- When a foreign object is submerged in a fluid, the surrounding fluid will exert pressure forces perpendicularly into each point on the surface of the foreign object.
- Because pressure increases with depth, the resultant of these pressure forces is an vertically upward force. This force is called the force of upthrust,
*U*.

- With some simple reasoning, we can deduce that the magnitude of the upthrust must be equal to the weight of the displaced fluid. Hence

- To generate a larger upthrust, a body must displace more fluid.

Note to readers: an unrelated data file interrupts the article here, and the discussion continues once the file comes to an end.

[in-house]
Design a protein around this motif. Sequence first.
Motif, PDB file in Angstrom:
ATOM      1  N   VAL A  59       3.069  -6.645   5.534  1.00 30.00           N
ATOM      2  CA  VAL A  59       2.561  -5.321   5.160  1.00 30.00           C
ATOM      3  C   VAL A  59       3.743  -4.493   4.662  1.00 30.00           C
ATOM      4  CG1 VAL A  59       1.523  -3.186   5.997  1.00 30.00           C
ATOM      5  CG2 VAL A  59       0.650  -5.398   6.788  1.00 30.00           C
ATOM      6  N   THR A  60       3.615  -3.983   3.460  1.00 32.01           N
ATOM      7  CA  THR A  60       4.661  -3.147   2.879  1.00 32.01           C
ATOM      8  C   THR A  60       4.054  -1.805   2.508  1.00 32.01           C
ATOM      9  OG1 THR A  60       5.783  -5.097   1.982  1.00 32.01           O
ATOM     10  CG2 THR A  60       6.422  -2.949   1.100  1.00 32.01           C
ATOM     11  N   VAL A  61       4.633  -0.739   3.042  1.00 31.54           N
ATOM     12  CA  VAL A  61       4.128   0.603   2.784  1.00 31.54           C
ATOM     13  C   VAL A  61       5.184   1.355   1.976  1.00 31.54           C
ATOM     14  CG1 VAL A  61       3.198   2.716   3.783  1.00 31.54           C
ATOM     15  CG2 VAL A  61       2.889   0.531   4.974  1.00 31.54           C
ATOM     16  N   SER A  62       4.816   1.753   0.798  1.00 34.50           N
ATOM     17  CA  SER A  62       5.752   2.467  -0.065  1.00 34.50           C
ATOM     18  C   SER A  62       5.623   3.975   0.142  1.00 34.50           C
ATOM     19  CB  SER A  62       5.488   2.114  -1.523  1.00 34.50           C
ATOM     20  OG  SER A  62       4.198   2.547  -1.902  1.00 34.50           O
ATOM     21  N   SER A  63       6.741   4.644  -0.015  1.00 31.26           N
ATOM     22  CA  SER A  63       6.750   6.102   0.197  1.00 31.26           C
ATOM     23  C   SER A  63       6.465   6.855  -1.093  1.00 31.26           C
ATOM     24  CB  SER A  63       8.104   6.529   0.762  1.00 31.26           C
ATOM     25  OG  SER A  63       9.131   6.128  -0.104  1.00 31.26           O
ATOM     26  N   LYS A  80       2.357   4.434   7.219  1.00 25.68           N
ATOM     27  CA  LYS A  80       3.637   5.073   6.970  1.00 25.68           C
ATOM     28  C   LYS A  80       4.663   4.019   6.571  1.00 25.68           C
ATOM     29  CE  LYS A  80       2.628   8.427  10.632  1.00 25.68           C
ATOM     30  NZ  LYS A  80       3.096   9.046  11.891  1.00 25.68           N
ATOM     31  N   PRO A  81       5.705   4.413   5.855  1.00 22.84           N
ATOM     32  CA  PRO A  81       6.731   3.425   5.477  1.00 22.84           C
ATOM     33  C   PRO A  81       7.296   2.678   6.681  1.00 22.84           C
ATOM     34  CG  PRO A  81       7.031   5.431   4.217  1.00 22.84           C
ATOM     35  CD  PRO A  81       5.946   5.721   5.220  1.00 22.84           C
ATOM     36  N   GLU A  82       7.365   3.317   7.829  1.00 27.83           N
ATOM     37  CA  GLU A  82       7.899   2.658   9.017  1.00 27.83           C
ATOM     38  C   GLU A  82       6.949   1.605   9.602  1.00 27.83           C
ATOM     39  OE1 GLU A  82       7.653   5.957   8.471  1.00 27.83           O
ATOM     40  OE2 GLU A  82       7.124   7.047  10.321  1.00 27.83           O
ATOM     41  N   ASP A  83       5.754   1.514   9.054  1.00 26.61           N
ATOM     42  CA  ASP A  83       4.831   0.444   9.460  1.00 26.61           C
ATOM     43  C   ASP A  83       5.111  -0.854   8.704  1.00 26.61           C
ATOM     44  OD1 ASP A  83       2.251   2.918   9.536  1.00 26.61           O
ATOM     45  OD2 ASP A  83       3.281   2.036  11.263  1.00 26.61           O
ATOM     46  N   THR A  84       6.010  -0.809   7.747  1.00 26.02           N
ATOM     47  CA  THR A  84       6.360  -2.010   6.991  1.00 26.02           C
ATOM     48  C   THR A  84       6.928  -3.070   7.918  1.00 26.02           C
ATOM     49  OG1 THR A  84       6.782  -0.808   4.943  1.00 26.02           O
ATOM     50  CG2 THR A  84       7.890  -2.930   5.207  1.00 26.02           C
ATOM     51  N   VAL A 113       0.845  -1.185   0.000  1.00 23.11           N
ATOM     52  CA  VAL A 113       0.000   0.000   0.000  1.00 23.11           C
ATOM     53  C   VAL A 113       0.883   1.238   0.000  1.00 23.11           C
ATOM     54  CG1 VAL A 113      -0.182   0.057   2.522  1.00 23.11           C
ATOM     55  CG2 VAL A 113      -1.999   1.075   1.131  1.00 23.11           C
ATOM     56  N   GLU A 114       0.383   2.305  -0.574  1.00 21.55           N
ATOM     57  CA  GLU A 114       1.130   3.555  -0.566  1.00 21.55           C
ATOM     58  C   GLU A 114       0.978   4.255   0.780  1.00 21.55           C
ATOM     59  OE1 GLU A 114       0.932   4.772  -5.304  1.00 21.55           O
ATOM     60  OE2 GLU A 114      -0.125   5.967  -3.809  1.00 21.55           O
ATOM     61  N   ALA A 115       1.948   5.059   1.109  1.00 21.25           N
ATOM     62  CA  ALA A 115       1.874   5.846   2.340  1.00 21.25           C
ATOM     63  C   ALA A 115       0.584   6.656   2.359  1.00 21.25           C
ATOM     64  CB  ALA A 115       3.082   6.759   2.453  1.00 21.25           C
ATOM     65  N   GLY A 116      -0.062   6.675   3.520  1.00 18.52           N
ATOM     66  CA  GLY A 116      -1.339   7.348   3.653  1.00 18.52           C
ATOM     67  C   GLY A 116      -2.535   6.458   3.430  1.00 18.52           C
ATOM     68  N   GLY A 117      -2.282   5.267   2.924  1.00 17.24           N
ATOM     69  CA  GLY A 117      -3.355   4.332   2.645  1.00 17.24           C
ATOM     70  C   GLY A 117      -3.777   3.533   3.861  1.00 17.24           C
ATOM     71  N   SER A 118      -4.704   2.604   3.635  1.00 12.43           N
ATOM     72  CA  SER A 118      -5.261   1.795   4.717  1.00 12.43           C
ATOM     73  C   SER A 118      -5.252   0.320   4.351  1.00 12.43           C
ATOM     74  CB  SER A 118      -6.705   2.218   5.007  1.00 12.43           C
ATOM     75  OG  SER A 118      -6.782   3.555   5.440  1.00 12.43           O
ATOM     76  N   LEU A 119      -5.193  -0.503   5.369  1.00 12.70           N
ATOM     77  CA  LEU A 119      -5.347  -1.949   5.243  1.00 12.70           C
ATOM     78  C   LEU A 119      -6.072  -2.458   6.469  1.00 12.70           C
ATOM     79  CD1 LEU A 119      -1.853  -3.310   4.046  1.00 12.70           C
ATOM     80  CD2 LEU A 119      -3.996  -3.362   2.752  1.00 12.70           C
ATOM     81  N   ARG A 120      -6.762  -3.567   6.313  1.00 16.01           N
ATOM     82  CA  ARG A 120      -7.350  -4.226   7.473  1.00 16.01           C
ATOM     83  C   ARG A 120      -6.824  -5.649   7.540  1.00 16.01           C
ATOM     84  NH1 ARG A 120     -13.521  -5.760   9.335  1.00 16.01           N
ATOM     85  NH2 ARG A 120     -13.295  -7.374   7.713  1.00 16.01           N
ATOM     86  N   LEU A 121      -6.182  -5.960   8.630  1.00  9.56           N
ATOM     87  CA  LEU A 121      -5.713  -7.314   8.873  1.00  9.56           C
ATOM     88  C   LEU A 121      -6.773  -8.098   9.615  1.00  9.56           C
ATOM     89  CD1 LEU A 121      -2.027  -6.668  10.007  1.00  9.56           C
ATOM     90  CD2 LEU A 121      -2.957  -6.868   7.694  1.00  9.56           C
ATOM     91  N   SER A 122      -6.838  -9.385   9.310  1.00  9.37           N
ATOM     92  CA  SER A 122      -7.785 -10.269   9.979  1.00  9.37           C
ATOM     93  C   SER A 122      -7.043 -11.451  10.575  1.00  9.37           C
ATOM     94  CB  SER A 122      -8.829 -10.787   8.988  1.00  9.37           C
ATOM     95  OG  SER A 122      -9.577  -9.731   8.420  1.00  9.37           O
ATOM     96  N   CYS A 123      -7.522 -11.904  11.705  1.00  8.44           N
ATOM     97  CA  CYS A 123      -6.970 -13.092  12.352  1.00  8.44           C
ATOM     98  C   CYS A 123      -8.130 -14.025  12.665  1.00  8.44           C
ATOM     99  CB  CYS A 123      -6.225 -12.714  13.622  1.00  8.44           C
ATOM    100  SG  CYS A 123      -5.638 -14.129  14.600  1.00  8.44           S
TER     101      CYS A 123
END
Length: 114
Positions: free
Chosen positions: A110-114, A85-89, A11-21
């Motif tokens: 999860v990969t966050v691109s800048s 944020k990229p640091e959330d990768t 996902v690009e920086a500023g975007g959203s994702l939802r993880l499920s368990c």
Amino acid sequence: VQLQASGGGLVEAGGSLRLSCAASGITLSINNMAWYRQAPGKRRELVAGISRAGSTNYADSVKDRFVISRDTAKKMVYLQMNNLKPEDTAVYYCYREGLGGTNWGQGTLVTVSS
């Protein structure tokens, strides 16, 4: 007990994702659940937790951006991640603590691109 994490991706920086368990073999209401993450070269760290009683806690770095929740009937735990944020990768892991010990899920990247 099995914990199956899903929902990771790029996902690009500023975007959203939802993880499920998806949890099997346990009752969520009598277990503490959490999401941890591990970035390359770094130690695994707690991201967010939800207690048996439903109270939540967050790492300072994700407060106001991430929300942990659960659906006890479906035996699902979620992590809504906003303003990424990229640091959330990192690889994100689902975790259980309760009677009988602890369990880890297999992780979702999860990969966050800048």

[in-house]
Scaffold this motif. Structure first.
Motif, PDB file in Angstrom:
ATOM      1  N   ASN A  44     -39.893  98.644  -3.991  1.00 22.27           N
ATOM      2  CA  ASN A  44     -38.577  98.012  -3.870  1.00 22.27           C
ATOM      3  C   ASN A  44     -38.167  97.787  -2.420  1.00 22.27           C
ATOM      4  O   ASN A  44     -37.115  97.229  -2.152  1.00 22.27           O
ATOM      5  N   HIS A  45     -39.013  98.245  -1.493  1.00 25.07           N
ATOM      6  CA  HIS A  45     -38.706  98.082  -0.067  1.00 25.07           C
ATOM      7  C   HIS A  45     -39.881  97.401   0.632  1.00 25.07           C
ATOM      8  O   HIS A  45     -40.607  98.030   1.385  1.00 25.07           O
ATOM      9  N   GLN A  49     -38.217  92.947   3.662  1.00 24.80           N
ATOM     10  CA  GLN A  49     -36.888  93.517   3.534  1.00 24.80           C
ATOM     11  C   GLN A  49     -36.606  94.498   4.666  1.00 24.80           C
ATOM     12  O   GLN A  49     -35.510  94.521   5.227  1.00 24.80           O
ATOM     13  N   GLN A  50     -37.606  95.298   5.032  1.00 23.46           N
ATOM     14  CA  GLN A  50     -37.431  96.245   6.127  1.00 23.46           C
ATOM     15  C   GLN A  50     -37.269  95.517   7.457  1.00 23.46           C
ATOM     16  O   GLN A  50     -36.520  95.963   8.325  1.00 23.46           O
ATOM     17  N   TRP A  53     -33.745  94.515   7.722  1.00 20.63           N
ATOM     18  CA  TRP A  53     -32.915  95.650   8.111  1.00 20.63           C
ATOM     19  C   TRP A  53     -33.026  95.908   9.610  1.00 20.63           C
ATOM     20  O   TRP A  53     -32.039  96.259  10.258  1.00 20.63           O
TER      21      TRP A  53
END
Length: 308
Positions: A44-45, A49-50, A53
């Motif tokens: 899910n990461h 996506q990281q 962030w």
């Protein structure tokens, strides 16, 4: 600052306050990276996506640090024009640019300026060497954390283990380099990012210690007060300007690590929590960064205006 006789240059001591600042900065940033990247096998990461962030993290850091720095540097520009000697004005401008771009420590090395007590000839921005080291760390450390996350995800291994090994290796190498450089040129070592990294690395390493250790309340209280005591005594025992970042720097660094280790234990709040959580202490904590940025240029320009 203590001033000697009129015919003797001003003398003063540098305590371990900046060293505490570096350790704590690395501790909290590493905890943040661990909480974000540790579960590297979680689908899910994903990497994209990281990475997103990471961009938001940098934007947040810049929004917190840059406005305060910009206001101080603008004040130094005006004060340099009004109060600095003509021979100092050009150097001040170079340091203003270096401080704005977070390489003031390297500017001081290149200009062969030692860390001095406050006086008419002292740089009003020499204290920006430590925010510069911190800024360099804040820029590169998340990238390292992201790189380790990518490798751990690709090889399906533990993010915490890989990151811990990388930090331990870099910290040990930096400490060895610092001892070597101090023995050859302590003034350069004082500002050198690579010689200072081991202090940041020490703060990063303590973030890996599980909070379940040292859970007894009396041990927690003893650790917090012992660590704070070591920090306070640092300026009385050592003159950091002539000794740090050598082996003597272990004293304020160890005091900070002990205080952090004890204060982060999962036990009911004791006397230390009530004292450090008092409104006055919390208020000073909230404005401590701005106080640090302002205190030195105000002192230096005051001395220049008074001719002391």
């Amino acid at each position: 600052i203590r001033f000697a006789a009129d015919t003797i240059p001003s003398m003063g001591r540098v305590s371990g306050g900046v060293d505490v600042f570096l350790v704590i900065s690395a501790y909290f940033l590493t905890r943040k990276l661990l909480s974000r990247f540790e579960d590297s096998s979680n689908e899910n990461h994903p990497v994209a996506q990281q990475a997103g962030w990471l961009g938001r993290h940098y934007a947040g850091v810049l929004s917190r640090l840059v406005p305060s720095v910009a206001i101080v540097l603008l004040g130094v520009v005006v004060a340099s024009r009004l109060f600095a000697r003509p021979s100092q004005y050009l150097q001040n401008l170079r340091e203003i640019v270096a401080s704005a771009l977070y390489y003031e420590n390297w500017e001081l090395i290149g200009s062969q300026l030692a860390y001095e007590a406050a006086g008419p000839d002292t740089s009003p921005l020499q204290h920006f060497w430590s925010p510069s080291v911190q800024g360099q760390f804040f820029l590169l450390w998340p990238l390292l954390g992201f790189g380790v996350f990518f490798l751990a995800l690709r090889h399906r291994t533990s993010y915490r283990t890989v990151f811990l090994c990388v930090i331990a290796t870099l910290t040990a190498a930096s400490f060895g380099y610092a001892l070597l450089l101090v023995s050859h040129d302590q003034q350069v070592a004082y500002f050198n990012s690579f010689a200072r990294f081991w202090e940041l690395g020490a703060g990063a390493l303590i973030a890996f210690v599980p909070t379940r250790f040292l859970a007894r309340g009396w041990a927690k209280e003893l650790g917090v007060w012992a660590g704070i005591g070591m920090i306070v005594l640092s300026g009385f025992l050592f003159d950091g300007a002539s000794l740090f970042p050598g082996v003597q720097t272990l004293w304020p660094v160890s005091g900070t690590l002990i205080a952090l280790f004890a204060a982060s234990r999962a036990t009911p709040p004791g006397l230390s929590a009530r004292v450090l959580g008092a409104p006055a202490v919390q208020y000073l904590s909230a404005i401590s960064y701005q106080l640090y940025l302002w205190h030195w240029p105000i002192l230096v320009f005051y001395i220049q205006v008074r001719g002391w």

- Similar to weight, upthrust appears to act at a single point, the centre of gravity of the
**displaced fluid**.

- Compare the upthrust
*U*

- with the weight of the object
*W*

- When an object is fully submerged,
*V*=_{f}*V*_{o}. This also represents the maximum upthrust the object can generate.

- If
*ρ*>_{o }*ρ*, then_{f }*W*>*U*._{max}- The object will
**sink all the way down**.

- The object will
- If
*ρ*=_{o }*ρ*, then_{f}*W*=*U*._{max}- The object will neither sink nor float.
- It can
**hover at equilibrium at any depth**in the fluid as long as it is fully submerged.

- If
*ρ*<_{o }*ρ*, then_{f}*W*<*U*._{max}- The object will float partially submerged.
- It will displace just enough fluid to generate the amount of upthrust exactly equal to its weight.
- The
**lower the object’s density, the higher it will float**.